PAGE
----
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Lawmakers unite to prioritize children in difficult budget year

The 2017-18 state budget passed by the Senate this morning and headed to the House demonstrates a bi-partisan compromise that prioritizes children. Following the governor’s lead set in his budget request, Democrats and Republicans came together and prioritized the state’s 2.8 million children by increasing state investments in child welfare, early learning and K-12 education.

“Despite the economic challenges facing the state, policymakers have demonstrated a strong commitment to ensuring children can reach their full potential, and to making Pennsylvania one of the top 10 states to be a child and to raise a child,” Benso said. “We have much to celebrate this Fourth of July because children were made a top priority in this budget.

“This budget increases funding for pre-k by $30 million – but lawmakers also realized that young learners have important needs earlier than preschool – so they developed a home visiting initiative, appropriating nearly $5 million to help parents in their role as their children’s first teachers. Evidence-based home visiting improves health outcomes, reduces child abuse and enhances early learning. But they didn’t stop there. Lawmakers recognized the challenges created in the FY 2016-17 budget and restored the $20 million cut that was made to child care services.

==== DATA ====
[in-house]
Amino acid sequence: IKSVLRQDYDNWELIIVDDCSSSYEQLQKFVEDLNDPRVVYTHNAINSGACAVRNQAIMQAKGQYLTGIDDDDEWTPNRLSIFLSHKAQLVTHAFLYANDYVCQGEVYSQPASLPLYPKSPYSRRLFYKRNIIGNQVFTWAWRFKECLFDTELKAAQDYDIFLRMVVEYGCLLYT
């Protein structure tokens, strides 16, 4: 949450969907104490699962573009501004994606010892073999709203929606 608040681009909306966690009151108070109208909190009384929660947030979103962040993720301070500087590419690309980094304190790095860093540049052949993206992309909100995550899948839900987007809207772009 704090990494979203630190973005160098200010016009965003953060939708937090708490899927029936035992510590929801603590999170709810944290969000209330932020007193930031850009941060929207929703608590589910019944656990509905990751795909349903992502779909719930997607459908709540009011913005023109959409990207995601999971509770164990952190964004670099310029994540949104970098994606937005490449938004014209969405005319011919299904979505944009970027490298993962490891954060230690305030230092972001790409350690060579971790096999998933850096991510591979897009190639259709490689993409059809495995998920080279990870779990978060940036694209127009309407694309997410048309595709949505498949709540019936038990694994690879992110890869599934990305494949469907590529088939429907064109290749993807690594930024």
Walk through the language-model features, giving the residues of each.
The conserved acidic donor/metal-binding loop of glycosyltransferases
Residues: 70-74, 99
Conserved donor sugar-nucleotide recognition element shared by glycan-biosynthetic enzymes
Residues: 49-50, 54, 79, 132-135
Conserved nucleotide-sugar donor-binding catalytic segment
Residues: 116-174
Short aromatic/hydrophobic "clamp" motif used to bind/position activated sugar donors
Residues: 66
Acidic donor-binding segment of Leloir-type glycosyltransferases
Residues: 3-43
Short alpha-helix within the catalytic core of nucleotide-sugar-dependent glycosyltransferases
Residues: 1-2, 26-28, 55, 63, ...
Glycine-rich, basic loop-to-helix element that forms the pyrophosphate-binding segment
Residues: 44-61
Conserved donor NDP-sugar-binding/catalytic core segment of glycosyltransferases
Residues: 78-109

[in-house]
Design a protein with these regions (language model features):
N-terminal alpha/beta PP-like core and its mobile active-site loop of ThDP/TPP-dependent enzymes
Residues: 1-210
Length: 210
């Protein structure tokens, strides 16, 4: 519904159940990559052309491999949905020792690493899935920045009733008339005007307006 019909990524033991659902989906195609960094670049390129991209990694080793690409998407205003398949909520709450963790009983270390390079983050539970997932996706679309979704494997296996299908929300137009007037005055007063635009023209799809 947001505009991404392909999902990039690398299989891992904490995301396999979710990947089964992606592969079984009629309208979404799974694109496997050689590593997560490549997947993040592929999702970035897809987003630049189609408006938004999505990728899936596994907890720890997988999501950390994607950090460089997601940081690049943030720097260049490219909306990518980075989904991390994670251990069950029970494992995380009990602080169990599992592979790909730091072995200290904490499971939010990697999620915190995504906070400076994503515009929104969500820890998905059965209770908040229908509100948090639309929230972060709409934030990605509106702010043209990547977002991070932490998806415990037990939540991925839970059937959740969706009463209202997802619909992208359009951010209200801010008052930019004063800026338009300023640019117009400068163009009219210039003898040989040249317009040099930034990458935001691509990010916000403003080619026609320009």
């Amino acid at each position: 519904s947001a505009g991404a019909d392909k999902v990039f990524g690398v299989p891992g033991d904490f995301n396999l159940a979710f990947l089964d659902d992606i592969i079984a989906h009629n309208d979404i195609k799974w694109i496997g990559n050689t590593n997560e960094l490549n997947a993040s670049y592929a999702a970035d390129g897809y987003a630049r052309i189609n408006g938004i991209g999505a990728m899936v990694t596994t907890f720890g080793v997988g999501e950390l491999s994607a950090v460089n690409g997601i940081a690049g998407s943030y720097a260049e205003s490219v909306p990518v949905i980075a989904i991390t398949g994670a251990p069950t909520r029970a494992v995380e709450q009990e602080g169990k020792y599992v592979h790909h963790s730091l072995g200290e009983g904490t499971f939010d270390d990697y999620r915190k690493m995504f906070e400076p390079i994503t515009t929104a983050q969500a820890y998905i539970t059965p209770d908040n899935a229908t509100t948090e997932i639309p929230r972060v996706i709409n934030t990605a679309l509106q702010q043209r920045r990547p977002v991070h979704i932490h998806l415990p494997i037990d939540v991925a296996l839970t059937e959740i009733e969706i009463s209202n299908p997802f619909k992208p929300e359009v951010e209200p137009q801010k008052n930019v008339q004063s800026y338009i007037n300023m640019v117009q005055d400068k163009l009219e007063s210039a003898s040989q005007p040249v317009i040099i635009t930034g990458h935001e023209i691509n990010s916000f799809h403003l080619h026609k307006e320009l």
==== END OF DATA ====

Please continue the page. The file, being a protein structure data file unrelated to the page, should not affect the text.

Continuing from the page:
“Education is always a priority and positive progress has been made in recent years. This budget expands our commitment to basic education with a $100 million increase and adds $25 million in critical resources to special education. We thank the governor and legislators from both sides of the aisle for recognizing the importance of investing in early learning and K-12 education and look forward to building on these investments in the future to ensure every child in Pennsylvania has the opportunities they deserve,” said Benso.

Benso noted the budget clearly acknowledges other challenges facing children and families at-risk and the most vulnerable among us who experience the child welfare system where funding also increased. The budget assumes our continued federal partnership to insure more than 40 percent of the commonwealth’s children who receive their coverage through the CHIP and Medicaid programs.

“As we celebrate our independence, Pennsylvanians should be proud of their policymakers from both sides of the aisle who joined together to renew their commitment to building our great Union by investing in our children,” she said.

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